"We had a legacy of the Commonwealth Games 2010 to adapt", says FIFA U-17 WC director Javier Ceppi

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"We had a legacy of the Commonwealth Games 2010 to adapt", says FIFA U-17 WC director Javier Ceppi

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SportsCafe Desk


While Indian organizers pointed to the massive turnout at the U-17 World Cup to state it a huge success, Javier Ceppi has slammed them calling it a legacy of CWG 2010. The director also criticized the lack of proper infrastructure for fans and players with numerous 11th-hour problems cropping up.

The failure of the 2010 Commonwealth games held in India had sent the reputation of the nation to gutters on the international stage. Four or five accommodation towers at the Games village were unfinished; it lacked facilities such as wireless Internet, fitted toilets and plumbing. At one point, it had even appeared that the Games would have to be cancelled, which was further compounded by the collapse of the foot-over bridge outside the Jawaharlal Nehru stadium that ended up injuring 30 people.

FIFA U-17 World Cup was the perfect chance for India to make amends for it and the large turnouts, based on which the organizers declared the world event as a success, made everyone believe that India had finally been able to erase the black mark. Footfall wise, the event was surely a huge success, as the country logged attendance of 1347143, which is 116,167 more than the earlier record attendance of 1,230,976 set in the first edition of the tournament in China in 1985.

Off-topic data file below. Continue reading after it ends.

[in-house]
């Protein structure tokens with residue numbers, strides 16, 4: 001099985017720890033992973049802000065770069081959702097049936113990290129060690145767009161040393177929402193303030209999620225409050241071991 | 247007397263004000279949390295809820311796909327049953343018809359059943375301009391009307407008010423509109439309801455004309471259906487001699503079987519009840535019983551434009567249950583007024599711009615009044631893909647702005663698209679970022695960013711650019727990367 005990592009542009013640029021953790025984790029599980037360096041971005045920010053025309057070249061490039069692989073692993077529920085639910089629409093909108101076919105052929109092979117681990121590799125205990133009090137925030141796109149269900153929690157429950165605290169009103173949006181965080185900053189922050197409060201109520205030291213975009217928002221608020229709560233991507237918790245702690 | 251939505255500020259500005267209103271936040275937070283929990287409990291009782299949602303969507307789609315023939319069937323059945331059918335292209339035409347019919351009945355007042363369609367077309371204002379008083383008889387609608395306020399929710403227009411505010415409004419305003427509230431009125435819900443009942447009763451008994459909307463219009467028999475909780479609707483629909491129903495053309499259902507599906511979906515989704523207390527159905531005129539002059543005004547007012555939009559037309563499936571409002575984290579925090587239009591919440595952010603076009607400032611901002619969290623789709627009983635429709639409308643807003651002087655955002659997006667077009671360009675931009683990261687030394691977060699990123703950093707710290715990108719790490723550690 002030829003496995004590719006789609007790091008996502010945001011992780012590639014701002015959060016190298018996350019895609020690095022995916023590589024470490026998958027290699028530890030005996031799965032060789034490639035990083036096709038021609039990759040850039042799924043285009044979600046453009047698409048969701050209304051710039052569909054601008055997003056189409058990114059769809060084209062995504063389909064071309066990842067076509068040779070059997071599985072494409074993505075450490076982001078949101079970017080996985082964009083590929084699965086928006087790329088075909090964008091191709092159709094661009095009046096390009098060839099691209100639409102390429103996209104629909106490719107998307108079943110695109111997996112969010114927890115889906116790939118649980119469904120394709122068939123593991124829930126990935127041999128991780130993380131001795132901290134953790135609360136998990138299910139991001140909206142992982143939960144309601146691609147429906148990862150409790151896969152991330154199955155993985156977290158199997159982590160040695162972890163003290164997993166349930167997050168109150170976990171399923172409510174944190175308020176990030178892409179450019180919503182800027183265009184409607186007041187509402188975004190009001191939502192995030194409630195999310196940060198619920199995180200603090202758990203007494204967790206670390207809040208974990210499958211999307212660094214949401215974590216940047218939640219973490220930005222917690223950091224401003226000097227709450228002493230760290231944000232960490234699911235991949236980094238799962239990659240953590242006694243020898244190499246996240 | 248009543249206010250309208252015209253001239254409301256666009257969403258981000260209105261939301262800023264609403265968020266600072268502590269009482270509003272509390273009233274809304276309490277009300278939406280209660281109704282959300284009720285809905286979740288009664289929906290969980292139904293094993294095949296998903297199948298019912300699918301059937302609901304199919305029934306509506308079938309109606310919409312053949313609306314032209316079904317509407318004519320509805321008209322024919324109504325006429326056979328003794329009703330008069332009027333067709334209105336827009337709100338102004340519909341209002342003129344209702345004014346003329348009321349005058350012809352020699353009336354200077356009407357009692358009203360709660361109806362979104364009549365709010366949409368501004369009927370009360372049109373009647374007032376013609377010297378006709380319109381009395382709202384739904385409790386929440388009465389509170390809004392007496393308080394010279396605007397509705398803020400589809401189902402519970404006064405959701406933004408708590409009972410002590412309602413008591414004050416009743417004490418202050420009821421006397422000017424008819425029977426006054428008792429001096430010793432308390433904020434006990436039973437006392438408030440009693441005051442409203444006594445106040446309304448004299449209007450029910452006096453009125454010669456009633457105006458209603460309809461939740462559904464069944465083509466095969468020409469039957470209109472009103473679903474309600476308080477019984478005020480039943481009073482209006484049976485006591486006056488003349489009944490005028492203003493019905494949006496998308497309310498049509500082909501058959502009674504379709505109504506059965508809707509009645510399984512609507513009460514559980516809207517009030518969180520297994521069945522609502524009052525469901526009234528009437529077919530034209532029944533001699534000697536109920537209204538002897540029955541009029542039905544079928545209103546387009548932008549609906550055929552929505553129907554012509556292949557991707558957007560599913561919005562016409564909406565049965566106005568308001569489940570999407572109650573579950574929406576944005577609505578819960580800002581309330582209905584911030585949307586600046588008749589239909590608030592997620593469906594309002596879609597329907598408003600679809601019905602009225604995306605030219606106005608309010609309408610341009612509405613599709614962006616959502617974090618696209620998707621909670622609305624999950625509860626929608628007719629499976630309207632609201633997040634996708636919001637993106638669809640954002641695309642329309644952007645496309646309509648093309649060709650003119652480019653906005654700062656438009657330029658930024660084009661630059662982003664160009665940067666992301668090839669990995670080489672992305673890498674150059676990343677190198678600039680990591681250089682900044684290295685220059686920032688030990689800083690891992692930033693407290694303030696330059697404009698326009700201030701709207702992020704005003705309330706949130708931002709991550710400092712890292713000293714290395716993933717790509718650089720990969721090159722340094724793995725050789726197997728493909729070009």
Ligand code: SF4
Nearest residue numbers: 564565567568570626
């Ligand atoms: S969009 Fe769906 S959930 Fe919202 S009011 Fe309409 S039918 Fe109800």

However, tournament director Javier Ceppi clearly had a different view of the event as he slammed the Indian organizers for the terrible preparations. Speaking at the fifth International Convention on Football Business, he stated that he saw footballers “changing next to rats in the dressing room”, and the “Indian system don’t care about players and fans”, and it wasn’t as big of a success as the Indians believe it to be.

“People keep on saying the World Cup was a success by all means, but to be honest on my experience as a fan, I don’t think it was a success for the fan, that’s the reality. It was tough. In the sense it was way too many things here about it, the main thing is infrastructure, to have our international tournament was at a place, in India things can come up in the 27th hour,” he said.

Ceppi further went on to point out the below-average level of football that the general Indian gets to view was nowhere compared to the level of football that the World Cup brought. He feels the Indian leagues are way off the standards set by European nations.

“The success for the fans was they got to see fantastic football which they don’t get to see. The leagues here they don’t have the level which these U-17 teams have.” Ceppi said.

With this shocking revelation, it remains to be seen if major FIFA events could come to India in the near future.

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